Bentley S1 Saloon and Continental (1955 – 1959) Review

Bentley S1 Saloon and Continental (1955 – 1959) At A Glance


+Even better to drive than before thanks to power steering, elegant and timeless in saloon form, beautiful as a coupe

-Now effectively a badge-engineered Rolls-Royce in saloon form

The Bentley S1 was a badge-engineered Rolls-Royce Silver Cloud. As brutal as that sounds, it's no bad thing, given that both cars finally lost their pre-war looks, and gained a beautifully profiled full-width body that managed to look both timeless and contemporary. And today, they still turn heads.

The S1 was powered by the R-Type's straight-six, which had been enlarged to 4887cc. But it also gained improved brakes and front suspension, followed by optional power-steering in 1956, which really made these cars effortless to drive, despite their hulking near-two tonne kerb weight.

Alongside the saloon, came the S1 Continental, which picked up where the old R-Type left off - a beautiful coachbuilt four-seater, with a near 120mph maximum speed. They were constructed by a number of different builders – and were almost universally elegant. The best were the 151 fastbacks by HJ Mulliner, followed by the 99 Park Ward coupés. Both Mulliner and James Young built four-door versions, but it's questionable whether either improved on the original. Other special S1s came from Hooper, Franay and Graber did one each.

The Bentleys outsold their Rolls-Royce counterparts, so these are easier to find - and better value - today. 

Ask Honest John

What is the best lead additive on the market for four-star petrol?

"I have a 1958 Bentley S1. What is the best lead additive on the market for four-star petrol?"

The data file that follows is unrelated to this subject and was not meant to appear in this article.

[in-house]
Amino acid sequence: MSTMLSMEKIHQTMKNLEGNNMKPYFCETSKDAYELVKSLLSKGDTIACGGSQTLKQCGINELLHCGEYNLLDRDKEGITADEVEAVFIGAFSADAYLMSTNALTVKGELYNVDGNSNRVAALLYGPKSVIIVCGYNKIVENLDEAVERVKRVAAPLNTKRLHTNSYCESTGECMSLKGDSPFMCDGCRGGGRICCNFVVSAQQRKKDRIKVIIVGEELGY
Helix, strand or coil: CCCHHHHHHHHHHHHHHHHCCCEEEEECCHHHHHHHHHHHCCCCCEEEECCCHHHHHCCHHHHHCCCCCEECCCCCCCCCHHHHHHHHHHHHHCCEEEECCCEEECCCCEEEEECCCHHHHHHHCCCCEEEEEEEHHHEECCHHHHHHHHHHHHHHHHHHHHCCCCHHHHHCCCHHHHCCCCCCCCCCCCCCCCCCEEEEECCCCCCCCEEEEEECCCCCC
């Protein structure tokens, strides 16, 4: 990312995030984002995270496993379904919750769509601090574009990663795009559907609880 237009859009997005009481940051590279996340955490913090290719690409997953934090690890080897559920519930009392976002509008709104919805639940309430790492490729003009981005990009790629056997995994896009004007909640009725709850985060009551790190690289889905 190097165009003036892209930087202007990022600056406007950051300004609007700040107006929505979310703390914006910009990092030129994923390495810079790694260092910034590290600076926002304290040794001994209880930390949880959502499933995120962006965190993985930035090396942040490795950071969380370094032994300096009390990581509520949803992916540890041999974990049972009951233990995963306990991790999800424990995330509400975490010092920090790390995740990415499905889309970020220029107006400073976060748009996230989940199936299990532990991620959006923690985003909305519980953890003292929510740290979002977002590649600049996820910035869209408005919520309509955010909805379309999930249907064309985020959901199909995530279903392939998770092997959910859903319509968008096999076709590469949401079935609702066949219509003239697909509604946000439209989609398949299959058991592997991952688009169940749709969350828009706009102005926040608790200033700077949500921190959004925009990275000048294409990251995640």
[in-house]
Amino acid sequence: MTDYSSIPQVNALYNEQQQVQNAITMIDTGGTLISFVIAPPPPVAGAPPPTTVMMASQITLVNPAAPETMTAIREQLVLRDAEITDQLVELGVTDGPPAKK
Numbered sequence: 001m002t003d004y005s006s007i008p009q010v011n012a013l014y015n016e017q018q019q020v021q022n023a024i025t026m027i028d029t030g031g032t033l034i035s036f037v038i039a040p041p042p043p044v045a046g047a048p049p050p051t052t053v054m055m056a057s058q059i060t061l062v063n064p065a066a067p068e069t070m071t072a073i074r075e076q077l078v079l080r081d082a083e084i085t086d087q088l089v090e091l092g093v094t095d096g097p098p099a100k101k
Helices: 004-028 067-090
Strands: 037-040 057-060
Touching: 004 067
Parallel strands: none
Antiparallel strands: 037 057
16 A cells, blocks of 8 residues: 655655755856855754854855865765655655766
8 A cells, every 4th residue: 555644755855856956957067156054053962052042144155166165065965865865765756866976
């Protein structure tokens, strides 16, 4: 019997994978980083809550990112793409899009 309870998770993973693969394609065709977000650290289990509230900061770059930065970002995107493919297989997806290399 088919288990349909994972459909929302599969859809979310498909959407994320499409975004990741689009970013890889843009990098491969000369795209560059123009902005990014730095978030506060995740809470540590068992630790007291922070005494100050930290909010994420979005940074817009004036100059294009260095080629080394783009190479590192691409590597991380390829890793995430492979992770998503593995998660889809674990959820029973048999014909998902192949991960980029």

We've always opted for Castrol Valvemaster, but there are plenty of options that you can try until you find the one that works best for you and your car.
Answered by Keith Moody

What do you think is the best classic car to buy for £100K?

"What do you think is the best classic car to buy for £100K? Which would be fun and not too expensive to keep and might increase in value?"
Whatever classic you buy, you'll need to budget for maintenance and running costs, but really the best classic depends on what you want to do with it. Fancy something for solely for investment purposes? Ferraris and Porsches are often solid bets - think Testarossa or 911 Turbo. A high days and holidays car to enjoy with your significant other might be a W113 era Mercedes SL or a Jaguar E-type. If on-track action is your thing, you may be able to get a race car with FIA Papers - there are a few race-specific auctions to keep an eye on. Alternatively, an iconic piece of American muscle car action is well within your budget (think 1969 Shelby GT350 Mustang). Prefer your classics older? Then a Lagonda 2-Litre could be a smart buy. Stately and smart? 1950s Bentley S1 Continental. Modern high-performance? Ford Sierra RS500. Just make sure that whatever you buy you do your homework... and enjoy it.
Answered by Keith Moody
More Questions

What does a Bentley S1 Saloon and Continental (1955 – 1959) cost?